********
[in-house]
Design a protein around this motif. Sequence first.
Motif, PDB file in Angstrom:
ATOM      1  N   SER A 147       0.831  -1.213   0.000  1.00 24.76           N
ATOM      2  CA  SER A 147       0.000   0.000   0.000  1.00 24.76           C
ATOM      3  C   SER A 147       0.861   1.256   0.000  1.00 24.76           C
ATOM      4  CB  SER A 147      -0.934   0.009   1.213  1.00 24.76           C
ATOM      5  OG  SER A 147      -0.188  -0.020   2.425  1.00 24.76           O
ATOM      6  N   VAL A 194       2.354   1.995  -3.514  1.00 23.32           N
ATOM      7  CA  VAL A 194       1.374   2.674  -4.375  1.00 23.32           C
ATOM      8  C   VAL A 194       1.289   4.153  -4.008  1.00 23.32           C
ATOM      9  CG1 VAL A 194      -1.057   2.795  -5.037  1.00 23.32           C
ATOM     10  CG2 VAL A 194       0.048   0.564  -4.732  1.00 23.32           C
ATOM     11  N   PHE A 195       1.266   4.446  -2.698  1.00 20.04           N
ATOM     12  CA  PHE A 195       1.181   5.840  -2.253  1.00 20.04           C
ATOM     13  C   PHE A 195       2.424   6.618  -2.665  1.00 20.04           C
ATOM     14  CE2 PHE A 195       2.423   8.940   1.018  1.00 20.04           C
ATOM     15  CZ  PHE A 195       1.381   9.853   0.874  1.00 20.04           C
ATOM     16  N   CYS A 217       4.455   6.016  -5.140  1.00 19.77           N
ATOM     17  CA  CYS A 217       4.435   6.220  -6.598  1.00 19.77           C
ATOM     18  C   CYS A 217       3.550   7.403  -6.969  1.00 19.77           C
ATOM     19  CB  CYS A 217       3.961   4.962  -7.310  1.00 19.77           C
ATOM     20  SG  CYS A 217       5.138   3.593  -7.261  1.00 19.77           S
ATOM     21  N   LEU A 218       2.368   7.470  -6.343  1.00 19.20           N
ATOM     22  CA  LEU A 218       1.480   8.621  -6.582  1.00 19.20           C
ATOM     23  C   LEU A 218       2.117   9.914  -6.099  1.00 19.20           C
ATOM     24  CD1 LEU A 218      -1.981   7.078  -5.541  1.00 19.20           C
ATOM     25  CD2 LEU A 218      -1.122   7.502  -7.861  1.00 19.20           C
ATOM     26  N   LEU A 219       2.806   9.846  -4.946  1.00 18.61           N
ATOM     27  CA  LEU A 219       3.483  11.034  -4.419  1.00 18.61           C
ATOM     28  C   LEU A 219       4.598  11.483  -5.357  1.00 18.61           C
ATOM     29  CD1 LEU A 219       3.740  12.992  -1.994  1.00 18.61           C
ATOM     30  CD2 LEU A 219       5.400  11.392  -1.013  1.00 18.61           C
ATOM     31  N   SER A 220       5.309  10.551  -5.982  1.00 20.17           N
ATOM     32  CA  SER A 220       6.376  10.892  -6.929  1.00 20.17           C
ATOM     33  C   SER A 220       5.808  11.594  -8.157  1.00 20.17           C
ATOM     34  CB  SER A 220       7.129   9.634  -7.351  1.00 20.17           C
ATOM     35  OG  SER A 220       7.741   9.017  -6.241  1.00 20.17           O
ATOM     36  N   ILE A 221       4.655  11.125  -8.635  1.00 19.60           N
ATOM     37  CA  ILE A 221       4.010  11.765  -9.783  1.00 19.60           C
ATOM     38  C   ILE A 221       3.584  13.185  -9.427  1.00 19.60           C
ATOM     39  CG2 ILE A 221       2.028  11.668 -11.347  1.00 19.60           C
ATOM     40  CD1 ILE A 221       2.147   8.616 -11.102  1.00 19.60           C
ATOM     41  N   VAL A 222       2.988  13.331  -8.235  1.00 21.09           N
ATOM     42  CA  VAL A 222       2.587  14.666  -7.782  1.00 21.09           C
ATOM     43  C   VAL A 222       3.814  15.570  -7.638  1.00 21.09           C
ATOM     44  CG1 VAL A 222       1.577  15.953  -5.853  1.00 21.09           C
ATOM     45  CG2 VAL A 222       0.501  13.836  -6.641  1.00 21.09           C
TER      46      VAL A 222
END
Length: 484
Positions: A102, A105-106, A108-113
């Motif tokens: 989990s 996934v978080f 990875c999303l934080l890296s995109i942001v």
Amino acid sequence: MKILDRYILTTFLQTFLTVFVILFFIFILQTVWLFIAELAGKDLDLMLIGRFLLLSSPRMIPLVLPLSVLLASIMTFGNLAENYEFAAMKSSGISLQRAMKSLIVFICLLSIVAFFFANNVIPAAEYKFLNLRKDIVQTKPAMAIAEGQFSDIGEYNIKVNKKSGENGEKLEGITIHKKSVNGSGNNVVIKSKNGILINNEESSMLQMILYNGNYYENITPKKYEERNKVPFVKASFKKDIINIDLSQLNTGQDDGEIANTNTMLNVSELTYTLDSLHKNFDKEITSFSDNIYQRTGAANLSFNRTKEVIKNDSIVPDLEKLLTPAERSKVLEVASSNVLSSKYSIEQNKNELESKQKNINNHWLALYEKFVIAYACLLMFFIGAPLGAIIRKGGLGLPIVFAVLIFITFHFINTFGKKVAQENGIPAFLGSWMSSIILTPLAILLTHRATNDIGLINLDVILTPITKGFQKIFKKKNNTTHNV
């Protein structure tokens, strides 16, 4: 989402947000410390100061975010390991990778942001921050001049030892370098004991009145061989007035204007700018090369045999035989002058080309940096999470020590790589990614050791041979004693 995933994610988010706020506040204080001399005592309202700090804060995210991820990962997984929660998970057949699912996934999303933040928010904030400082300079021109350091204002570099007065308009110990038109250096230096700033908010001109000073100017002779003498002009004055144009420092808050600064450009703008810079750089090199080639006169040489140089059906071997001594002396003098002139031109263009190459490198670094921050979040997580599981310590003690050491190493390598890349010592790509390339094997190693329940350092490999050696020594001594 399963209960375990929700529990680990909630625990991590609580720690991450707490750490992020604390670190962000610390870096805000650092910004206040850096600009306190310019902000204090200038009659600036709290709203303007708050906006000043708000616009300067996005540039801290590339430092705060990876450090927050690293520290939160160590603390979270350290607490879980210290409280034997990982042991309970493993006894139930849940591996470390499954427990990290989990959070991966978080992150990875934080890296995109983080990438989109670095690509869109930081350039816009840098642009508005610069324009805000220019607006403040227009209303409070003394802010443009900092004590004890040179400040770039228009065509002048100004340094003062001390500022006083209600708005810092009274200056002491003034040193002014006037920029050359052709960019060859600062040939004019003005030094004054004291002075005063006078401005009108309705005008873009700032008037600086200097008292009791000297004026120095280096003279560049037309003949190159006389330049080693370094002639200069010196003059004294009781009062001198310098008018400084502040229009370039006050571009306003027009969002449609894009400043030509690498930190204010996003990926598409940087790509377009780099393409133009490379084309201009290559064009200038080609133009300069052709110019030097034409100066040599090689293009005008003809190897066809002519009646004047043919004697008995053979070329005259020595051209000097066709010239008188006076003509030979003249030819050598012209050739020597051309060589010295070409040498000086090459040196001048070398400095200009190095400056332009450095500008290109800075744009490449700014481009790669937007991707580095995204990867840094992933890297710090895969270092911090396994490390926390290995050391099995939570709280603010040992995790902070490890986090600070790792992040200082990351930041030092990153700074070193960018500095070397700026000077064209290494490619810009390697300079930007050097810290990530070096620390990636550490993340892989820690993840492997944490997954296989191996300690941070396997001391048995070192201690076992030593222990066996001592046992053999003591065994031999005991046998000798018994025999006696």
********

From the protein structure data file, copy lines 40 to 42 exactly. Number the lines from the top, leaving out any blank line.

ATOM     37  CA  ILE A 221       4.010  11.765  -9.783  1.00 19.60           C
ATOM     38  C   ILE A 221       3.584  13.185  -9.427  1.00 19.60           C
ATOM     39  CG2 ILE A 221       2.028  11.668 -11.347  1.00 19.60           C